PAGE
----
Equine Artificial Insemination: What Is Involved?

Breeding from your favourite or a particularly talented mare is an exciting prospect. Equine artificial insemination is an increasingly popular option.

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Advantages Of Artificial Insemination

The use of artificial insemination has many potential advantages over natural mating:

  • It enables the use of semen from stallions that would not normally be available, such as from competing sports horse stallions or stallions from abroad, therefore increasing the range of stallions available
  • There is reduced risk of physical injury to the mare and stallion
  • The semen is evaluated at every collection and before it is inseminated, thereby allowing any potential fertility problems to be identified
  • It allows breeding of difficult mares, for example who will not allow a stallion to cover them naturally, or have young foals at foot
  • It also avoids the need for very long journeys for the mares, especially those with foals at foot

However, it is not a cheap alternative to natural cover due to the high degree of technical input involved. Some breed societies do not allow artificial insemination in their breed – notably the thoroughbred racing industry.

Pre Breeding Veterinary Check

Prior to embarking on an artificial insemination program, a pre breeding veterinary check is necessary. This will involve a general health check as low grade illnesses such as lameness, worm infestation or respiratory infections can lower the mare’s fertility.

The external reproductive tract will be checked, in some cases the mare’s conformation may indicate that she will need stitches after insemination (Caslick’s procedure) to minimise contamination of the uterus and maximise her chances of becoming pregnant. A speculum examination of the vagina and cervix will be carried out and an ultrasound assessment of the uterus and ovaries.

Veterinary input with artificial insemination is greater due to the need to inseminate the mare close to the time of ovulation, in order to get the greatest success rate. Ovulation in the mare generally occurs approximately 24 hours before the end of the season.

Inseminating The Mare

The mare can be in season from 3 to 8 days, therefore ultrasound scanning of the ovaries and uterus daily during the season is
necessary to identify the optimum time for insemination.

Once the mare has produced a follicle on the ovary of a particular size, she will usually be given a hormone to control when she will ovulate. Fresh, chilled and frozen semen is available. Highest pregnancy rates are generally achieved using fresh and chilled semen. After insemination the mare will be scanned in 6 to 12 hours. This is to ensure that the mare has ovulated (the egg has been released), and to check for the presence of post insemination fluid in the uterus.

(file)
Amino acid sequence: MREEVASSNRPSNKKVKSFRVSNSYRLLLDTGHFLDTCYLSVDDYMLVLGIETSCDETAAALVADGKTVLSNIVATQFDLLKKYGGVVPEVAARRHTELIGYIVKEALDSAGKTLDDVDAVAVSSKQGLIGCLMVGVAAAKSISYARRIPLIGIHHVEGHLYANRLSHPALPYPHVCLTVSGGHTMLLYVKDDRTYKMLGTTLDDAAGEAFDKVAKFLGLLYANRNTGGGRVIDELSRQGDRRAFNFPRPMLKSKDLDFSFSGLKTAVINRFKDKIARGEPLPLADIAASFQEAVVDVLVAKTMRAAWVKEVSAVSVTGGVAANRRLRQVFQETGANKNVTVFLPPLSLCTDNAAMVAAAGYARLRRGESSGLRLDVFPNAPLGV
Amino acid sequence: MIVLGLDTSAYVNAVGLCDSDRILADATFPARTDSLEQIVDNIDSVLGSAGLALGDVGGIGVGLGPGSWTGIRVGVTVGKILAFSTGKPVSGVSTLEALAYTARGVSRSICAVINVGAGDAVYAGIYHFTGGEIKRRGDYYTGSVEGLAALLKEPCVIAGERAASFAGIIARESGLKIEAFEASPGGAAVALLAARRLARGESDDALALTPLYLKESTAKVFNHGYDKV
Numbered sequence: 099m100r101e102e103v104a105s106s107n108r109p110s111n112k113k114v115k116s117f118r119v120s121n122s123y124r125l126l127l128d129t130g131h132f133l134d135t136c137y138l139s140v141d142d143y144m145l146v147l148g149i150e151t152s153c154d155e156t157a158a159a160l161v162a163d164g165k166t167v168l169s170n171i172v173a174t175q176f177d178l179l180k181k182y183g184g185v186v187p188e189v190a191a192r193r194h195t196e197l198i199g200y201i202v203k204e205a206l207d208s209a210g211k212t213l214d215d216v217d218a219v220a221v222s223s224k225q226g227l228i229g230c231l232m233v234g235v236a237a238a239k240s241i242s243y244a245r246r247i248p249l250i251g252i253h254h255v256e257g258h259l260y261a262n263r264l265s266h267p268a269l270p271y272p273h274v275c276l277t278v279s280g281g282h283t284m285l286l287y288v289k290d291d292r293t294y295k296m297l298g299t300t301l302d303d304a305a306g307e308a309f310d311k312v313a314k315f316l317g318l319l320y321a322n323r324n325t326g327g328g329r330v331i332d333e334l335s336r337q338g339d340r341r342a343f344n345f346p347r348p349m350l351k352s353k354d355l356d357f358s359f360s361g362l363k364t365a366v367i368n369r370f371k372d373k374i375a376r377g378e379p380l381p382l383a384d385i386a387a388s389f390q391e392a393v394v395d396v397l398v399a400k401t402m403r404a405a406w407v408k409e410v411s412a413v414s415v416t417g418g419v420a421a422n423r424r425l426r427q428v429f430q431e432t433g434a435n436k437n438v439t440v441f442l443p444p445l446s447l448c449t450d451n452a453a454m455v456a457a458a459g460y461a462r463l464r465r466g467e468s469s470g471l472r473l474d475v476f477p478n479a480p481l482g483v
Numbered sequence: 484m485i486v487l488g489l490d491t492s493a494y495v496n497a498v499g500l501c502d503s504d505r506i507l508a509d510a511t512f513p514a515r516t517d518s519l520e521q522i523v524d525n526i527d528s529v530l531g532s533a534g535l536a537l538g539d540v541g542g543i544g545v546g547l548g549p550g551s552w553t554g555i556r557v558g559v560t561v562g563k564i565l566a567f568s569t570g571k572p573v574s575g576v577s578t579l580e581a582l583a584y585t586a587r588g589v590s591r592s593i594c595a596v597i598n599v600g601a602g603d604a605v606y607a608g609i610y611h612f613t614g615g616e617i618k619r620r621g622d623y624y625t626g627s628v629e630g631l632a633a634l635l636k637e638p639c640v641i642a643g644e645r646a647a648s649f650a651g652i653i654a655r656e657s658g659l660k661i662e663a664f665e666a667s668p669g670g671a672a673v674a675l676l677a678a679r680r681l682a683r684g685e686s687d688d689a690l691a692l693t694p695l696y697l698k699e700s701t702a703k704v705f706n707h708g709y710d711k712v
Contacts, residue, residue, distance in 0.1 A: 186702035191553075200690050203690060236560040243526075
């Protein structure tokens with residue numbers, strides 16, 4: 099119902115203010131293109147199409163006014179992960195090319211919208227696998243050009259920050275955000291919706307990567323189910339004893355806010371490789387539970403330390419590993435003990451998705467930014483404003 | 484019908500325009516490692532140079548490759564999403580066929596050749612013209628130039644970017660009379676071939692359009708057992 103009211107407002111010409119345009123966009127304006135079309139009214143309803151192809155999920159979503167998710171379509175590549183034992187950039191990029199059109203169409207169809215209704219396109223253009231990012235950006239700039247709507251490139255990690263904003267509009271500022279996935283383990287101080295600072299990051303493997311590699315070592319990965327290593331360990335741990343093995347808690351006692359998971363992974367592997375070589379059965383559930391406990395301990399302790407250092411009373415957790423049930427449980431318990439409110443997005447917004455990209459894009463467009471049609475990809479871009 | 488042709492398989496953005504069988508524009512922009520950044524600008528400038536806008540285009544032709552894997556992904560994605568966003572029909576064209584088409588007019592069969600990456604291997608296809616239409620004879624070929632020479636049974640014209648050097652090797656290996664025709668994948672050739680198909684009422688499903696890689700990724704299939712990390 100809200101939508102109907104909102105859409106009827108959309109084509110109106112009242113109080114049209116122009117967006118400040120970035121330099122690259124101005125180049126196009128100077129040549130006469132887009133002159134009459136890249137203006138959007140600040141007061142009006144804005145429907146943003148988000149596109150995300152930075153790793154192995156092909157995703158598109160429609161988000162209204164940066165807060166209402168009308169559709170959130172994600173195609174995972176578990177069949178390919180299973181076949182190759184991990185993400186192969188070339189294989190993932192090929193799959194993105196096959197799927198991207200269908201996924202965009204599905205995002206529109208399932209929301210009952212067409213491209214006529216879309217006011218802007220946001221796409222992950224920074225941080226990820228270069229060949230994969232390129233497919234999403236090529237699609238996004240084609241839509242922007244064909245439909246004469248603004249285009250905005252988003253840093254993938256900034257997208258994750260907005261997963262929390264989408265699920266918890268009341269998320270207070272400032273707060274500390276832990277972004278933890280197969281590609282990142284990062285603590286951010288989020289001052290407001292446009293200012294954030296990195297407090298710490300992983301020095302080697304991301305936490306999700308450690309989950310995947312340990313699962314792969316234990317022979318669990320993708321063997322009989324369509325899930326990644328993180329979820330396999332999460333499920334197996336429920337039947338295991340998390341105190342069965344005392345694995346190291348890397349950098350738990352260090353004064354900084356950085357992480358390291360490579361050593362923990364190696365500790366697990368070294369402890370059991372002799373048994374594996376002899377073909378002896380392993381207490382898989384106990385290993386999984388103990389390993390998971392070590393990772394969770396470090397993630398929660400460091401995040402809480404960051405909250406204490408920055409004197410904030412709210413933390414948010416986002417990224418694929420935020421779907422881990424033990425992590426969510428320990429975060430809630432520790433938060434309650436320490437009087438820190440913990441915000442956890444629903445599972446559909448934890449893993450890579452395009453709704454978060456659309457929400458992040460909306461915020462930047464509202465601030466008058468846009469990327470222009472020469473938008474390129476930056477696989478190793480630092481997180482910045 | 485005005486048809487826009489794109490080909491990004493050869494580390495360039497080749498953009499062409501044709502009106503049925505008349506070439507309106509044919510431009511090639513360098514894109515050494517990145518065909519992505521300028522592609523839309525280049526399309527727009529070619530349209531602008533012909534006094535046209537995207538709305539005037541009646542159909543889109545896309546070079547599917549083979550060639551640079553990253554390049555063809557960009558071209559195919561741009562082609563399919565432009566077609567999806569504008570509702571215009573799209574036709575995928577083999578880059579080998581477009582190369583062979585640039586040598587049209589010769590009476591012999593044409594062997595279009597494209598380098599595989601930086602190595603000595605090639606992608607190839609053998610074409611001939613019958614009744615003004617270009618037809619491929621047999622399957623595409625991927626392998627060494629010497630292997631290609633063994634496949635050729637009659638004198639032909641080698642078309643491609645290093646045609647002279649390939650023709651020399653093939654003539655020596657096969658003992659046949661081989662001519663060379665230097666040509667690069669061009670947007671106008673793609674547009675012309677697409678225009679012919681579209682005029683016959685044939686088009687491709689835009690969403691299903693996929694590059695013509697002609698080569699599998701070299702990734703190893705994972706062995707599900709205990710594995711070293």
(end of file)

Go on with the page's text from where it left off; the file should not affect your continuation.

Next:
Often older maiden (have not previously had a foal) mares are harder to get in foal, also older mares in general, as they have a tendency to develop a post insemination uterine infection after natural covering or artificial insemination. Due to the high level of veterinary attention after artificial insemination, it is possible to identify this problem and with prompt treatment (with uterine flushing and hormone treatment)
it is possible to improve conception rates in these mares using artificial insemination techniques.

AI With Chilled Semen

Semen is collected from the stallion, cooled and mixed with semen extender and transported in a container designed to keep it cool. Chilled semen needs to be inseminated into the mare within 24 hours of having been collected from the stallion. The semen needs to be ordered the day before it is needed and good conception rates can be achieved. The main disadvantage of chilled semen is that it is difficult to arrange delivery of chilled semen at the weekends and bank holidays. Unfortunately, many mares seem to ovulate at these times! However, these logistical problems can often be overcome.

AI With Frozen Semen

The semen can be stored at the practice, therefore it is ready to be used whenever the mare ovulates. However equine semen is very delicate and easily damaged by freezing and thawing. Certain stallions have semen that will not tolerate the freezing process and therefore it is important to use a stallion with proven fertility using frozen semen. On average the conception rates with frozen semen are around half that of fresh semen per reproductive cycle. It is not recommended for older (>16 year old) mares that have not previously had a foal.

Checking For Pregnancy

Following insemination the mare will have her first pregnancy scan between 14 and 16 days. This allows early identification of whether she is pregnant and also gives the best chance of identifying and dealing with any twin pregnancies. Further pregnancy scans will be carried out to check that the pregnancy is developing normally and the foetal heart beat can be seen.

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